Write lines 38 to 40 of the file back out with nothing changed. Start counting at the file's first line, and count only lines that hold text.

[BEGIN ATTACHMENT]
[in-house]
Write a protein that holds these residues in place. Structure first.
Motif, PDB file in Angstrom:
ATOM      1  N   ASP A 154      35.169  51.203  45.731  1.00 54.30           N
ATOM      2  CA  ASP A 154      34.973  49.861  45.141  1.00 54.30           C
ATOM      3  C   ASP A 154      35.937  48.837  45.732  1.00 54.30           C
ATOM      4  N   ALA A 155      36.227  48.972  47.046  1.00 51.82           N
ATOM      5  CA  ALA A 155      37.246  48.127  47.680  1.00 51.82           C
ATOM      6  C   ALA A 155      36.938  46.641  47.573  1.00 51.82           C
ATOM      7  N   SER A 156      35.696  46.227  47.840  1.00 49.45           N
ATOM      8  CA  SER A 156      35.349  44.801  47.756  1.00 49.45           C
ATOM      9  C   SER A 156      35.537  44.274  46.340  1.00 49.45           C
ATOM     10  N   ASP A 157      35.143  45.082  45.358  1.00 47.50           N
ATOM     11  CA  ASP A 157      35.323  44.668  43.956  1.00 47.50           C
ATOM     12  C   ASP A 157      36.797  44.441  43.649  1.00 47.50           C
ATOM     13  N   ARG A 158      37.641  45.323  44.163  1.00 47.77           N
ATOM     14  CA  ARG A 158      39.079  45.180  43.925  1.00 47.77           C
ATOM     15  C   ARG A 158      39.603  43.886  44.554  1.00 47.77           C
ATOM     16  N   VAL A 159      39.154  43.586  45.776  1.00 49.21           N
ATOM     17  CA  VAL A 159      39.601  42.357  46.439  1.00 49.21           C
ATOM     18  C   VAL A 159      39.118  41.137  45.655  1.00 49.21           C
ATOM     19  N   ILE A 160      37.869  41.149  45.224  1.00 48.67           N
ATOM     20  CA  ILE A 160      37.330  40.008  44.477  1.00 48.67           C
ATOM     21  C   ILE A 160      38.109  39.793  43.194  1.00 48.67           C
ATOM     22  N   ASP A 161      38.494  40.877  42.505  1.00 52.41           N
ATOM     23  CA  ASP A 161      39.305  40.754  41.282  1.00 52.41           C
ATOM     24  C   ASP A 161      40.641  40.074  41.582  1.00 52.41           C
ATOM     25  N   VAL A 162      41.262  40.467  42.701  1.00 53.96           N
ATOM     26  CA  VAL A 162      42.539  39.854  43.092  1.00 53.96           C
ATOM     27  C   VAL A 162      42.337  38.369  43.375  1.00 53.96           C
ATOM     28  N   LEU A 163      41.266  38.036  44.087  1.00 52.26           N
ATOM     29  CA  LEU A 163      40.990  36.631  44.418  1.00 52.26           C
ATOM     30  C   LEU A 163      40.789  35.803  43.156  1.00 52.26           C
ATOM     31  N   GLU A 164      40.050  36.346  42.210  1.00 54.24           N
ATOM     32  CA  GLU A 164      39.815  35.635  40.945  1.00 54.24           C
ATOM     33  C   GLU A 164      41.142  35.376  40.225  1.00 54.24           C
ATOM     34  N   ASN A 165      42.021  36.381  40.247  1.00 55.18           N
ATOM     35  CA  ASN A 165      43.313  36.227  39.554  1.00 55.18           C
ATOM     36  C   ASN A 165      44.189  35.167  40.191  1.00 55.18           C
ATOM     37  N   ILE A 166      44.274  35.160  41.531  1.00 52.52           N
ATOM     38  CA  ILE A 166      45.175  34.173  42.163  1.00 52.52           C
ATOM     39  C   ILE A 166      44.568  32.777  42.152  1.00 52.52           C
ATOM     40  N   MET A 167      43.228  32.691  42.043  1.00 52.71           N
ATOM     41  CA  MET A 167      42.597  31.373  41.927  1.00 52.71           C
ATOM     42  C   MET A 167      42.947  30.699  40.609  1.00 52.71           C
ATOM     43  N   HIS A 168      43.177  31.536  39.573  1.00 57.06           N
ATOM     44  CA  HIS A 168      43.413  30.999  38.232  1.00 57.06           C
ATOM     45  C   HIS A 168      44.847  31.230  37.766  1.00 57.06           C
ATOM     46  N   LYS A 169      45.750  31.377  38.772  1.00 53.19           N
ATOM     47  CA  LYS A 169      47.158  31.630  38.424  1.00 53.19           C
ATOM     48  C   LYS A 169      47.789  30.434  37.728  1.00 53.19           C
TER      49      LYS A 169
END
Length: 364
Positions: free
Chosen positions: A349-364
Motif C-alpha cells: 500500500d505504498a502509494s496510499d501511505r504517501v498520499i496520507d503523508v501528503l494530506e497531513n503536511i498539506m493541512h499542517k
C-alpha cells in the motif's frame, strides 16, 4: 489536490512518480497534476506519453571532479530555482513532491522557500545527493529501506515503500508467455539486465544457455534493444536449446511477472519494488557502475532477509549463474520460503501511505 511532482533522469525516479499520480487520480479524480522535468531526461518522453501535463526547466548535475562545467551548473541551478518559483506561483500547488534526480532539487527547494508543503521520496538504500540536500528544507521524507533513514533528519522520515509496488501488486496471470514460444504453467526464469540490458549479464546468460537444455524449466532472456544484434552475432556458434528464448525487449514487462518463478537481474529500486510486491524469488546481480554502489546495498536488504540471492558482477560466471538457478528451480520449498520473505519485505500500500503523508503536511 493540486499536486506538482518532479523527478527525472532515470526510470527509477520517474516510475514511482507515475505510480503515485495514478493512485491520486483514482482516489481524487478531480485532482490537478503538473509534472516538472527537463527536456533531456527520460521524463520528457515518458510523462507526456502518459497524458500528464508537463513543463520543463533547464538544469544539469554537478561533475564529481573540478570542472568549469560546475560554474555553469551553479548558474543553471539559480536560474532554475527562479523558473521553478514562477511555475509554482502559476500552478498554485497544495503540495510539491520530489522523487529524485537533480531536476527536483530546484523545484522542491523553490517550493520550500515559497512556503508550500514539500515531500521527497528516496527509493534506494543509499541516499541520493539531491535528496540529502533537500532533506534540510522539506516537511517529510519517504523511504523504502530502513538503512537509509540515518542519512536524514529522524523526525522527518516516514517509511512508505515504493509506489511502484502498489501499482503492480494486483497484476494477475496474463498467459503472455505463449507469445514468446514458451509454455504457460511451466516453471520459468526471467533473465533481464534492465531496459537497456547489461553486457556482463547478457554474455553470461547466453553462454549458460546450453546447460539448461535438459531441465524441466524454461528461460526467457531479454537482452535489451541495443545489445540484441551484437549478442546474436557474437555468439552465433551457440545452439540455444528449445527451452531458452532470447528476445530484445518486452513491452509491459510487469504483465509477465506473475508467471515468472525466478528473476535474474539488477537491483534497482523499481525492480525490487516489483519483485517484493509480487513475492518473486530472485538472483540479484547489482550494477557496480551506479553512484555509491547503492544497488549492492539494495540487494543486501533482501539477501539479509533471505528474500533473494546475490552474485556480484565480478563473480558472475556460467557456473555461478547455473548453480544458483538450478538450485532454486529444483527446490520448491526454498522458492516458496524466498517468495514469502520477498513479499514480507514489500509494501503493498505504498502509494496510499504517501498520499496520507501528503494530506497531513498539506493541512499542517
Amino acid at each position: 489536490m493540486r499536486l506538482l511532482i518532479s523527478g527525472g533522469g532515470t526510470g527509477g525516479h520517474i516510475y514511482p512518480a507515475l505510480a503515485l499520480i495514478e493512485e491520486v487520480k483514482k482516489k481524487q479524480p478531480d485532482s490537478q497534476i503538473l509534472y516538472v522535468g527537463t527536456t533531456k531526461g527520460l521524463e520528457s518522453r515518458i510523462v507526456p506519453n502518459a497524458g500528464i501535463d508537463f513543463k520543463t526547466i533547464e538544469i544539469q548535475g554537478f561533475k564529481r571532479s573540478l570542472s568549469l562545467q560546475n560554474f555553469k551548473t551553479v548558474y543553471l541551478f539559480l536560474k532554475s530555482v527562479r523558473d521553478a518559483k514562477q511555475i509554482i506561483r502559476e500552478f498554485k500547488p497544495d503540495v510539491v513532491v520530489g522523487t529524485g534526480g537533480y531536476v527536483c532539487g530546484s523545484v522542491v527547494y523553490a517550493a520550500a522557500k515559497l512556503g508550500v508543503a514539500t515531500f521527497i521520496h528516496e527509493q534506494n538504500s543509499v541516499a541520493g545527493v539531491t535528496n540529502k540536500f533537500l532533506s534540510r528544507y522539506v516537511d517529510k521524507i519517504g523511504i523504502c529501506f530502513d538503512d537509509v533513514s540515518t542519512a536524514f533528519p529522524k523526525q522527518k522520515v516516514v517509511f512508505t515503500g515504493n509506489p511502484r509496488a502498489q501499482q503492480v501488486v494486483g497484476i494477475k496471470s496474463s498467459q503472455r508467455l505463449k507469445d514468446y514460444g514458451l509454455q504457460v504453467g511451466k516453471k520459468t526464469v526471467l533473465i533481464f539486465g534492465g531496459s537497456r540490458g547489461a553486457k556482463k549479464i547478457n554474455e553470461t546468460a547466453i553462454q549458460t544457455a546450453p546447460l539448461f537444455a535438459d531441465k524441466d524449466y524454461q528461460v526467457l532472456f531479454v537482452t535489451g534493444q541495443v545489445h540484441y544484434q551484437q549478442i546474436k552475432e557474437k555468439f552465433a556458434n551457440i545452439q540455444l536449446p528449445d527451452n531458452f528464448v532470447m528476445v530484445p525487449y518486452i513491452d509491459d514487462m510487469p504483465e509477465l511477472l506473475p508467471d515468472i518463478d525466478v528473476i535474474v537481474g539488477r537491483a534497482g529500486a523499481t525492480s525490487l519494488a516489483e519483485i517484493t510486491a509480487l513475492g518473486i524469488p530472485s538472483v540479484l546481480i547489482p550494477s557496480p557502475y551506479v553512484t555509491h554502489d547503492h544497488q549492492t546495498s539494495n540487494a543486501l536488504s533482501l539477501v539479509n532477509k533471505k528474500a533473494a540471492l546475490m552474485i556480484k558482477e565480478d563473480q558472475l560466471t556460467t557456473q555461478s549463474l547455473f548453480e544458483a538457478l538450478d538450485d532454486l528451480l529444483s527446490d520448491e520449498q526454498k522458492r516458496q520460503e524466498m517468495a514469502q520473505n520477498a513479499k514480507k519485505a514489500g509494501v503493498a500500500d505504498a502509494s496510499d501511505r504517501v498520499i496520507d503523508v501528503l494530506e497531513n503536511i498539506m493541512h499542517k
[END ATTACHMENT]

ATOM     35  CA  ASN A 165      43.313  36.227  39.554  1.00 55.18           C
ATOM     36  C   ASN A 165      44.189  35.167  40.191  1.00 55.18           C
ATOM     37  N   ILE A 166      44.274  35.160  41.531  1.00 52.52           N